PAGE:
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Michael Millerman - 2004
In an essay entitled
The Mystical Self: Lost and Found,
Ralph Hood explores thequestion of the unity of selfhood, drawing heavily on William James’
Varieties of  Religious Experience.
Hood argues that, empirically, the unity of selfhood is assured andnon-problematic. However, the phenomenon of mysticism reveals a transcendent I,whose unity is not that of empirically studied selfhood, but rather a unity with Reality, or God. The concern, then, is to suggest that “William James’ psychology and philosophyhas contemporary relevance in linking the empirical literature on self with the conceptualliterature on self-loss,” that is, the mystic experience. First let us look at the twoconceptions of self.
Two Conceptions of Self 
A conceptual confusion that arises in empirical studies of the self is the failure todistinguish between the being of the self and its attributes (Hood, 2002). “I think, perceive, feel, but I
not those various acts in time,” writes philosopher William Earle,“rather I am that ego which now thinks, now perceives, now remembers or dreams”(1981). The two conceptions that emerge, then, are the unity of self found in reflection,usually identified as
, and influenced by social construction insofar as we identify it byvarious attributes, and the unity of the being devoid of attributes, the I, which is lesslikely a product of social influence (Hood, 2002); the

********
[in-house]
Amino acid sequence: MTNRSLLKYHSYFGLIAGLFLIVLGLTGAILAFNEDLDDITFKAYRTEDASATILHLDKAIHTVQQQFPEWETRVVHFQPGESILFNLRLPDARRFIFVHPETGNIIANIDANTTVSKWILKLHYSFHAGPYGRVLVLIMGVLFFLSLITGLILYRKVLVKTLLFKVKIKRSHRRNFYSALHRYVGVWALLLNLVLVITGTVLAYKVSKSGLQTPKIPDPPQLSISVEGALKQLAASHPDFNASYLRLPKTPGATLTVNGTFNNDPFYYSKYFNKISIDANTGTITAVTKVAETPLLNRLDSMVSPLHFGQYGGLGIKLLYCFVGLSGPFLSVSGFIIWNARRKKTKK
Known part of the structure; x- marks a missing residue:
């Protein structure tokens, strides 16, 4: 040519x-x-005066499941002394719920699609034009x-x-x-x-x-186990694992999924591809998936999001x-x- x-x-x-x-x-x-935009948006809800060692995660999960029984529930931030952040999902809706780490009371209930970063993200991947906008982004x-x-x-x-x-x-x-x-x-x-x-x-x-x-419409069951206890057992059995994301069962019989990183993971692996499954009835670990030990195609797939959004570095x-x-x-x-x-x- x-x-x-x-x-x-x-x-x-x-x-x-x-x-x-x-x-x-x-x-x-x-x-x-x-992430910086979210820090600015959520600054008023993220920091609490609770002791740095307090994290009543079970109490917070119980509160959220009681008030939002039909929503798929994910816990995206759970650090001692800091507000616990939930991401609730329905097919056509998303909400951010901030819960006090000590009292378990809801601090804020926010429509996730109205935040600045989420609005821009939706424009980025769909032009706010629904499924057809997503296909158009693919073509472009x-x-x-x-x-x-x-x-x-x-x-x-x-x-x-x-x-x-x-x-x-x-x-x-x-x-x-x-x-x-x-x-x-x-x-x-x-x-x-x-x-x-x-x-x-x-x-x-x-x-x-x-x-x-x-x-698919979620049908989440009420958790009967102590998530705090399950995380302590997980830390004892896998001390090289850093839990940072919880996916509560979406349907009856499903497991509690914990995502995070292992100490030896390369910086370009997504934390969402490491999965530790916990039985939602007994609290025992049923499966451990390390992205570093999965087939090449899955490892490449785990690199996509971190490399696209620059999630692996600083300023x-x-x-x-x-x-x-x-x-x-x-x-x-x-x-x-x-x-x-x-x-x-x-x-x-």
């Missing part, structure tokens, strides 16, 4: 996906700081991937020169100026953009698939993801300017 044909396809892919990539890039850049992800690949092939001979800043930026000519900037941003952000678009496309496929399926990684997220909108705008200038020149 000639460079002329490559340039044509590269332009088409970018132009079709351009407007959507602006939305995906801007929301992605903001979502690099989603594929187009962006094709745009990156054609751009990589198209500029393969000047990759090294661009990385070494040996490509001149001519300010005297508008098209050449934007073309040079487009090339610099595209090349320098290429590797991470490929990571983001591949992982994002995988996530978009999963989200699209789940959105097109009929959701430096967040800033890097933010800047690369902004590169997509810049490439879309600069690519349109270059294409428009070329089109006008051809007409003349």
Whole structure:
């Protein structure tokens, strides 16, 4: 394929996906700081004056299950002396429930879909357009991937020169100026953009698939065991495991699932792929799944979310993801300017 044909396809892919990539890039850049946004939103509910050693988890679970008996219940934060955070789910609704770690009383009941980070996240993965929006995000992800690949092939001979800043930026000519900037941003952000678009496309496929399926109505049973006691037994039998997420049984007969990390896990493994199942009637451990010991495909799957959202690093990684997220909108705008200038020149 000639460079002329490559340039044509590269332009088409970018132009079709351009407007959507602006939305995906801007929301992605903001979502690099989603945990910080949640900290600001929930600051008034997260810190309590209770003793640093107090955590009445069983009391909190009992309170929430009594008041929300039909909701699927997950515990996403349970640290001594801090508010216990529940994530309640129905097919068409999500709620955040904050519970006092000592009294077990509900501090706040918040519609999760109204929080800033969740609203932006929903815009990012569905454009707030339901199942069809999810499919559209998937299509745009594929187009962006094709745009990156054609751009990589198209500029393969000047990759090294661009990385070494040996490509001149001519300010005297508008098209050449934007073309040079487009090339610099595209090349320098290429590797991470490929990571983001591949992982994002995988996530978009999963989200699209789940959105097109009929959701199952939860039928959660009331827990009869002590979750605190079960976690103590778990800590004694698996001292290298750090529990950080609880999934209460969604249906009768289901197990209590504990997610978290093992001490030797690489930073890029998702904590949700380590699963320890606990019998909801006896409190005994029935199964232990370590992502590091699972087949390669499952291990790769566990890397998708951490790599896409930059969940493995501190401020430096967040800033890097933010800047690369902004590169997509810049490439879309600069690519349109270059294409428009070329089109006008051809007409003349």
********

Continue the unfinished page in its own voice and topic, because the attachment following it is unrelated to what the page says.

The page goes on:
self and the
self.The Spiritual RevolutionIt is well established that the experience of unity is a defining feature of the
self that emerges upon the loss of the reflexive, psychological self (Stace, 1960;Hood, 1989). In his essay, Hood suggests that a spiritual revolution is now in progress; arevolution made possible by a return to serious discussion of the soul (Hood, 2002.)Although such a concept may worry some psychologists who, perhaps like the behaviourists, wish to abstract themselves from the whole of what it means to be humanand keep their discipline “empirical,” it seems that William James was correct in notingthat, “no conventional restrictions can keep metaphysical or even epistemologicalinquiries out of the psychology books” (Hood, 2002), for indeed, psychological and philosophical conceptions of self rapidly give way to mystical ones when they are carriedto their conclusion. To study such a concept, however, requires the proper methodological tools; for psychology, regardless of its scope, must still proceed as ascience.
The Method
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